At June 17th, during an early heat wave in Portugal, north of Lisbon a forest fire breaks out that kills more than 50 people. It is the worst fire since more than 50 years ago. However, already during summer 2016 there has been a tragic peak in Portugal concerning fires: 117.000 hectares of forest were destroyed, the country saw more than 10.000 fires throughout the year. More than half of all forest fires in Europe happened in Portugal, which had to apply repeatedly for financial support from the Solidarity Fund of the EU. Each fire means a disaster for people and ecosystems involved. The fires have not only destroyed the economic basis of many farmers and land owners, but also the homes of numerous plants and animals and reduced our most precious wealth: biodiversity.
Although many fires are either being laid by arsonists or the result of carelessness, it is clear that fires are a direct consequence of summer droughts, of sinking groundwater tables and loss of vegetation and care. A well-maintained lush landscape with mixed forests and fields, with springs and creeks flowing throughout the year would not burn down that easily.
In the South of Europe we became so used to summer droughts that we might think they are natural – but this is not the case. Summer droughts are a result of a wrong land management worldwide: of deforestation, overgrazing, agricultural monocultures, sealing of land and overuse of ground water for irrigation.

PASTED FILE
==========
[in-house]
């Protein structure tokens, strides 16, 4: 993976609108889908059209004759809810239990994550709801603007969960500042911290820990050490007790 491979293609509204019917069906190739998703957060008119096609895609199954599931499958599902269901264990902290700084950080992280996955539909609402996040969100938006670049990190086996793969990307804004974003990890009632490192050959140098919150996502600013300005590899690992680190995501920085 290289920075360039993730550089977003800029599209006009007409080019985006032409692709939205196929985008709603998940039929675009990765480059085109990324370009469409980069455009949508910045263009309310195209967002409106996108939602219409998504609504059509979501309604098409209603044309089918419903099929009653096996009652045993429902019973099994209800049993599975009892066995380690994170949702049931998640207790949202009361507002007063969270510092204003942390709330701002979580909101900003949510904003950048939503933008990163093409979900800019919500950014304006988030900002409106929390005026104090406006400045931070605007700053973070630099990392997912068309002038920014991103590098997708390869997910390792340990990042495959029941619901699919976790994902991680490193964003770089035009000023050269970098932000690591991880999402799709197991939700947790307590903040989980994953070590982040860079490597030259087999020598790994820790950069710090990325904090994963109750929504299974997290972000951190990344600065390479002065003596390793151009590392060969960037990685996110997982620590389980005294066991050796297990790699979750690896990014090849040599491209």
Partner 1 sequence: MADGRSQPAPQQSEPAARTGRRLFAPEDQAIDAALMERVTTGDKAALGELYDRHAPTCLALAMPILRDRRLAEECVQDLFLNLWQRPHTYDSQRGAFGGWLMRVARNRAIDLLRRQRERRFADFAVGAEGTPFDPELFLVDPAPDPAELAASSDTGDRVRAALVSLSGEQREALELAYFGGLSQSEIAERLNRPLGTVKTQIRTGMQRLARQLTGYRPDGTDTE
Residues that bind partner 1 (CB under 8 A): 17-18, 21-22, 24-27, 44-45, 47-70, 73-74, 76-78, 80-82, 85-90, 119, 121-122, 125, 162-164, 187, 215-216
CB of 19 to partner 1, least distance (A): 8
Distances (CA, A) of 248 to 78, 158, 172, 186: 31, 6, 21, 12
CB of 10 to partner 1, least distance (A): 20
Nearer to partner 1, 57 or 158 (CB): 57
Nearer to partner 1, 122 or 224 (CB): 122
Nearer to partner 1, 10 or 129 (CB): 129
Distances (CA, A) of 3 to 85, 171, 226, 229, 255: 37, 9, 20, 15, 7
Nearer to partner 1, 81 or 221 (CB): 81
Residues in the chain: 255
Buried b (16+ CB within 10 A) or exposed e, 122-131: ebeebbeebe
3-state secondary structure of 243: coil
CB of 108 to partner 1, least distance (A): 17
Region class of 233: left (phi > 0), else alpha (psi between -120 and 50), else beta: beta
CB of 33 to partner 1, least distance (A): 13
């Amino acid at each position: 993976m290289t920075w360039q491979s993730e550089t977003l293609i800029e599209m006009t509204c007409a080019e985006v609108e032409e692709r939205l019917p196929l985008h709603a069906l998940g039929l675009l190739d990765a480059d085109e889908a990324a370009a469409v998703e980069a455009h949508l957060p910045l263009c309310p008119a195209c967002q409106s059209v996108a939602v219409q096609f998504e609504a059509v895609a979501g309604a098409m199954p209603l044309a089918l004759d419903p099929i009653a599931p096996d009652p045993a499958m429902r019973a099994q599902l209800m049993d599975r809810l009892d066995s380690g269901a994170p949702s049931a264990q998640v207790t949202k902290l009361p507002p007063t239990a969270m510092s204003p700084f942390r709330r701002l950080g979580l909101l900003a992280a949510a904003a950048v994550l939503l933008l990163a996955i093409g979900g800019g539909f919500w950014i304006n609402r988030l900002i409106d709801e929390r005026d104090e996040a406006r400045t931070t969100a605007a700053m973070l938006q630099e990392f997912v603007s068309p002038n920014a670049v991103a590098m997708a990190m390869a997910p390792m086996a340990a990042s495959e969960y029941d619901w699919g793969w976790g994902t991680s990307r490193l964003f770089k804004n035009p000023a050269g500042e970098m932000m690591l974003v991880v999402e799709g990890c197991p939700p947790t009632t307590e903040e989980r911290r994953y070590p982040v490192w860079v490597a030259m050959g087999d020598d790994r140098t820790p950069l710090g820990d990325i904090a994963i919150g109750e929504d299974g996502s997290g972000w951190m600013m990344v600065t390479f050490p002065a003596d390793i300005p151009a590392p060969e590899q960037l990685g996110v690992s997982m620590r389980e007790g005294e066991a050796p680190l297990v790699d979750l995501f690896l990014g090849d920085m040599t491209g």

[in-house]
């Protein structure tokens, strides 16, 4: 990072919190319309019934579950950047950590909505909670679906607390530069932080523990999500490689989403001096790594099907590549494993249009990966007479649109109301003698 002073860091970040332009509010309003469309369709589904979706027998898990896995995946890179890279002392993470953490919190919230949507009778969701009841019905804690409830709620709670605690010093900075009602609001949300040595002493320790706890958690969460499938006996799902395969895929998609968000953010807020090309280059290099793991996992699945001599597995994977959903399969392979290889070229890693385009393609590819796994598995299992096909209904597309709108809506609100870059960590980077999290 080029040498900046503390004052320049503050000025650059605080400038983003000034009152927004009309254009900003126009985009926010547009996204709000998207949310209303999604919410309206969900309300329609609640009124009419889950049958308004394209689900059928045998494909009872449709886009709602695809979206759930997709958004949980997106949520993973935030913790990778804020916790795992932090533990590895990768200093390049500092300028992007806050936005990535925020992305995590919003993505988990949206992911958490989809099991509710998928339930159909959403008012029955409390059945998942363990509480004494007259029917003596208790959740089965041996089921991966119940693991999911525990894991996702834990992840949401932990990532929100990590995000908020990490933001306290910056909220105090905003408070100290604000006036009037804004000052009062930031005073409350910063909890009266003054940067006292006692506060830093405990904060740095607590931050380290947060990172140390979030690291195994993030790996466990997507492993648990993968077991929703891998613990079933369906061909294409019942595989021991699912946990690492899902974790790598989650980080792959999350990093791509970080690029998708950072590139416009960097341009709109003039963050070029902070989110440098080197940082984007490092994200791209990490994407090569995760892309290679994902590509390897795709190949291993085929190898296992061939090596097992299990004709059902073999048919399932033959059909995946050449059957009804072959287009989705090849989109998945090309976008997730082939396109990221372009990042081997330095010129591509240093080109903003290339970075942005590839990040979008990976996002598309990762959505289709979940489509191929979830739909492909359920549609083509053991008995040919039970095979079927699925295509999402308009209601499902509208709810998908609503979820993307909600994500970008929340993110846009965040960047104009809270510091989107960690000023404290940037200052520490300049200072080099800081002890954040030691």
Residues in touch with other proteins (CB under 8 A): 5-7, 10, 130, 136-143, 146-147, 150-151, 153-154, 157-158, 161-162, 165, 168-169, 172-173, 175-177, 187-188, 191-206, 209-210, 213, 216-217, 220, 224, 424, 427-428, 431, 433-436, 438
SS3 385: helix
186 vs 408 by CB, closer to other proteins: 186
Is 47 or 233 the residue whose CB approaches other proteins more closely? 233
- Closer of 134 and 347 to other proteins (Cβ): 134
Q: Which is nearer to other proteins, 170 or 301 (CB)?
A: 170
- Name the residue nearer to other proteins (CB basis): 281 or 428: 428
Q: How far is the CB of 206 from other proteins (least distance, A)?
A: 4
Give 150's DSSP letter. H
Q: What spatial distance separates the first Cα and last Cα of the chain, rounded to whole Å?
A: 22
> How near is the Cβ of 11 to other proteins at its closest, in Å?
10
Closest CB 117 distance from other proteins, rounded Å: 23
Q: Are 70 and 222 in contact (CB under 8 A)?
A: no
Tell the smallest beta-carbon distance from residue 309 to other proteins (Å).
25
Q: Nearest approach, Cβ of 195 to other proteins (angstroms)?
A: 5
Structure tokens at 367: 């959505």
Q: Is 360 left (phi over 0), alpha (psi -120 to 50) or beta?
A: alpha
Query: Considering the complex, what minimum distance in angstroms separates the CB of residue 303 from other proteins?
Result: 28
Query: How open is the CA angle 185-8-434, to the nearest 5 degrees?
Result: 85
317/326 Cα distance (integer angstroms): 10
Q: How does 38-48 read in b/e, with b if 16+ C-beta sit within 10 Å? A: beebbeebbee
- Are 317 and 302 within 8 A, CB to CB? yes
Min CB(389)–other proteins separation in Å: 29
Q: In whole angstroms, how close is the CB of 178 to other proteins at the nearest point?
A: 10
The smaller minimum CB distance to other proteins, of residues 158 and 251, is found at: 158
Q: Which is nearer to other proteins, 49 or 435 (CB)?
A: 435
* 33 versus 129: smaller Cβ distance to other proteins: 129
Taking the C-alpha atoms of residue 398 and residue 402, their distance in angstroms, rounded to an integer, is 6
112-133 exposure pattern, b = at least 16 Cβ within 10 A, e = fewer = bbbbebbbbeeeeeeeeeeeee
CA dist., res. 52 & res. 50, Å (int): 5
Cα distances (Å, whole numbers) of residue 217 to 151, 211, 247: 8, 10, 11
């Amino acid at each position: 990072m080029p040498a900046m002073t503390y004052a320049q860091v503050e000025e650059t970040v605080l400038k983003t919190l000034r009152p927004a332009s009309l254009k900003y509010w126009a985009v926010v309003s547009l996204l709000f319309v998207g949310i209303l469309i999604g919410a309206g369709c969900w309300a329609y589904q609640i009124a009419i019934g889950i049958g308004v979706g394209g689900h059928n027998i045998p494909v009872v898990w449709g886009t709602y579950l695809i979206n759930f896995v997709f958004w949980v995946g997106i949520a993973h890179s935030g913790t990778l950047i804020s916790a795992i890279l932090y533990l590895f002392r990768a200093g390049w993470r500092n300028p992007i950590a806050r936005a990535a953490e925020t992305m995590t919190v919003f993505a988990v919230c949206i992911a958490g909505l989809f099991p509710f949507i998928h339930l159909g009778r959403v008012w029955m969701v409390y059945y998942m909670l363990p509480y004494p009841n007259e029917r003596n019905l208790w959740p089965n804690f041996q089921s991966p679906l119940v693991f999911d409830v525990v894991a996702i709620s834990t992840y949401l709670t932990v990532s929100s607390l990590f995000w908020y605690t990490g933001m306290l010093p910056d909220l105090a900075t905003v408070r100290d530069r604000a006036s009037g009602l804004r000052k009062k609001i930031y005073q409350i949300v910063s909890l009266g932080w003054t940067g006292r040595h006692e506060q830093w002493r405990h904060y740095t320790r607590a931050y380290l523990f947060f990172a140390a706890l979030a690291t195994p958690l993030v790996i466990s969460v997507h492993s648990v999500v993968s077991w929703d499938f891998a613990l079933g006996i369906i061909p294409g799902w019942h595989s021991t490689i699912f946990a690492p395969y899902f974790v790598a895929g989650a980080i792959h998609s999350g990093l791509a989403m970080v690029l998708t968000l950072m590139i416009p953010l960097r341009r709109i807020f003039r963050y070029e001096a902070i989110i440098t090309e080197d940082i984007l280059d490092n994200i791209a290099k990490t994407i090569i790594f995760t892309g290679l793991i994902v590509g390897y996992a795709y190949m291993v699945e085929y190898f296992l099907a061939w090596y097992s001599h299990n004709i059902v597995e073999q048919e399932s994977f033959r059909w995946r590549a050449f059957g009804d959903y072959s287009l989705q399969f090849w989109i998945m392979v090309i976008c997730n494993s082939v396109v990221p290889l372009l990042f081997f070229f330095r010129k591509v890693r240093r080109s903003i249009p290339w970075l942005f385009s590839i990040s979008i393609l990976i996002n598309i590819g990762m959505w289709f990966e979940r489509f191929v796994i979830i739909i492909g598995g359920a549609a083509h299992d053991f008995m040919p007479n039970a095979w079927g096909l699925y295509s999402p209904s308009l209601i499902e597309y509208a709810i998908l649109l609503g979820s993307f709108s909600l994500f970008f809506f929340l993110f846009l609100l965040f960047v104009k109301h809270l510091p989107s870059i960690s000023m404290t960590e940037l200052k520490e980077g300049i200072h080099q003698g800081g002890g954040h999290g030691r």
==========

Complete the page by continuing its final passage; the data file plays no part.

Some older people still remember how creeks and springs were flowing throughout the summer, how summer storms refreshed the land in the middle of August and how mixed cultures of trees, small pastures and fields were providing yield all year long. As we can see today with some local examples in different parts of the world, it is possible to restore the landscape and at the same time create an economic basis for its inhabitants: through re-establishing the regional rainwater cycles by water retention.
From all the positive examples we gain one insight: In order to sustainably stop forest fires we must keep the winterly rainwater on the land.
One example for this is the Water Retention Landscape of Tamera in the municipality of Odemira: the formerly summer dry property has turned into a lush valley with small lakes and ponds filled by the winter rain, surrounded by terraces with fruit and vegetables growing throughout the year. Instead of flooding the roads and villages downstream, the rainwater is being gathered behind earth dams, infiltrates the soil, increases the ground water tables and feeds the gardens. No groundwater has to be used for irrigation, only rainwater.
If this principle, combined with a modern way of Montado – the traditional mixed cultures of cork oaks, gardening and animal husbandry – were applied throughout the country, many problems would be solved and less properties would burn down.